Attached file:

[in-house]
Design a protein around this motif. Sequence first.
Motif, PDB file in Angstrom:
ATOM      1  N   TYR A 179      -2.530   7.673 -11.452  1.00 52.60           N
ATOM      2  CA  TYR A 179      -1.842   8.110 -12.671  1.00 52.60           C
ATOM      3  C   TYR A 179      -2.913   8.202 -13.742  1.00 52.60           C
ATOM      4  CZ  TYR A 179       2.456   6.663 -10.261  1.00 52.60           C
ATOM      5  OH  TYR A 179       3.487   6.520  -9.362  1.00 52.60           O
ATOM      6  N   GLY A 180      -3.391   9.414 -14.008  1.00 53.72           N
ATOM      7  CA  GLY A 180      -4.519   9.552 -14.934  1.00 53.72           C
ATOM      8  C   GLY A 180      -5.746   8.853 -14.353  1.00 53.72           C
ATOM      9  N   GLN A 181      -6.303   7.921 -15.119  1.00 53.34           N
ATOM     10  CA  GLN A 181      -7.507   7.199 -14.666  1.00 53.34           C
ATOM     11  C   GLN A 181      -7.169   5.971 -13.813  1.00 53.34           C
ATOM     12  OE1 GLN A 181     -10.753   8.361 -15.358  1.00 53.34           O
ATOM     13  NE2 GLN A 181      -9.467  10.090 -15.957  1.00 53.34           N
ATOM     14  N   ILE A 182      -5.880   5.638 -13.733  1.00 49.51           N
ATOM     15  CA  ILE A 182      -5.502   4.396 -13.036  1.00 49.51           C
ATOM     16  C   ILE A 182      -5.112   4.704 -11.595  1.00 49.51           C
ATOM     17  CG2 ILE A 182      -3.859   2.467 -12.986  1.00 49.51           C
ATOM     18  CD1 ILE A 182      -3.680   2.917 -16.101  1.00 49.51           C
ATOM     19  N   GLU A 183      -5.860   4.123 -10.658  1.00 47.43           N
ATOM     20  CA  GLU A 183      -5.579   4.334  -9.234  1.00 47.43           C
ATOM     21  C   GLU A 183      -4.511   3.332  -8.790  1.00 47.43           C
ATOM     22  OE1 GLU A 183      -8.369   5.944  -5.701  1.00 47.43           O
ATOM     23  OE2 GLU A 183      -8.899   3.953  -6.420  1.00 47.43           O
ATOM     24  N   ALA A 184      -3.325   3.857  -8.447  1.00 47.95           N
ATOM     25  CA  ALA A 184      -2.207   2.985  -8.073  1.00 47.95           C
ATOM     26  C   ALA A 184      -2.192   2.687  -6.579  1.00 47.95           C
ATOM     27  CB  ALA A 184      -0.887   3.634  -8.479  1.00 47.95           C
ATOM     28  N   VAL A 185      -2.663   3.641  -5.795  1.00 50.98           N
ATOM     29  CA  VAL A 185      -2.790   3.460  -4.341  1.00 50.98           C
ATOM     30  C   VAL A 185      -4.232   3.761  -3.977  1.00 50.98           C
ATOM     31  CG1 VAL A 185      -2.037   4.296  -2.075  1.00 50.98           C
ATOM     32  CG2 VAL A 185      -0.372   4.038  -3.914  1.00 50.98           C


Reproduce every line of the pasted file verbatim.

[in-house]
Design a protein around this motif. Sequence first.
Motif, PDB file in Angstrom:
ATOM      1  N   TYR A 179      -2.530   7.673 -11.452  1.00 52.60           N
ATOM      2  CA  TYR A 179      -1.842   8.110 -12.671  1.00 52.60           C
ATOM      3  C   TYR A 179      -2.913   8.202 -13.742  1.00 52.60           C
ATOM      4  CZ  TYR A 179       2.456   6.663 -10.261  1.00 52.60           C
ATOM      5  OH  TYR A 179       3.487   6.520  -9.362  1.00 52.60           O
ATOM      6  N   GLY A 180      -3.391   9.414 -14.008  1.00 53.72           N
ATOM      7  CA  GLY A 180      -4.519   9.552 -14.934  1.00 53.72           C
ATOM      8  C   GLY A 180      -5.746   8.853 -14.353  1.00 53.72           C
ATOM      9  N   GLN A 181      -6.303   7.921 -15.119  1.00 53.34           N
ATOM     10  CA  GLN A 181      -7.507   7.199 -14.666  1.00 53.34           C
ATOM     11  C   GLN A 181      -7.169   5.971 -13.813  1.00 53.34           C
ATOM     12  OE1 GLN A 181     -10.753   8.361 -15.358  1.00 53.34           O
ATOM     13  NE2 GLN A 181      -9.467  10.090 -15.957  1.00 53.34           N
ATOM     14  N   ILE A 182      -5.880   5.638 -13.733  1.00 49.51           N
ATOM     15  CA  ILE A 182      -5.502   4.396 -13.036  1.00 49.51           C
ATOM     16  C   ILE A 182      -5.112   4.704 -11.595  1.00 49.51           C
ATOM     17  CG2 ILE A 182      -3.859   2.467 -12.986  1.00 49.51           C
ATOM     18  CD1 ILE A 182      -3.680   2.917 -16.101  1.00 49.51           C
ATOM     19  N   GLU A 183      -5.860   4.123 -10.658  1.00 47.43           N
ATOM     20  CA  GLU A 183      -5.579   4.334  -9.234  1.00 47.43           C
ATOM     21  C   GLU A 183      -4.511   3.332  -8.790  1.00 47.43           C
ATOM     22  OE1 GLU A 183      -8.369   5.944  -5.701  1.00 47.43           O
ATOM     23  OE2 GLU A 183      -8.899   3.953  -6.420  1.00 47.43           O
ATOM     24  N   ALA A 184      -3.325   3.857  -8.447  1.00 47.95           N
ATOM     25  CA  ALA A 184      -2.207   2.985  -8.073  1.00 47.95           C
ATOM     26  C   ALA A 184      -2.192   2.687  -6.579  1.00 47.95           C
ATOM     27  CB  ALA A 184      -0.887   3.634  -8.479  1.00 47.95           C
ATOM     28  N   VAL A 185      -2.663   3.641  -5.795  1.00 50.98           N
ATOM     29  CA  VAL A 185      -2.790   3.460  -4.341  1.00 50.98           C
ATOM     30  C   VAL A 185      -4.232   3.761  -3.977  1.00 50.98           C
ATOM     31  CG1 VAL A 185      -2.037   4.296  -2.075  1.00 50.98           C
ATOM     32  CG2 VAL A 185      -0.372   4.038  -3.914  1.00 50.98           C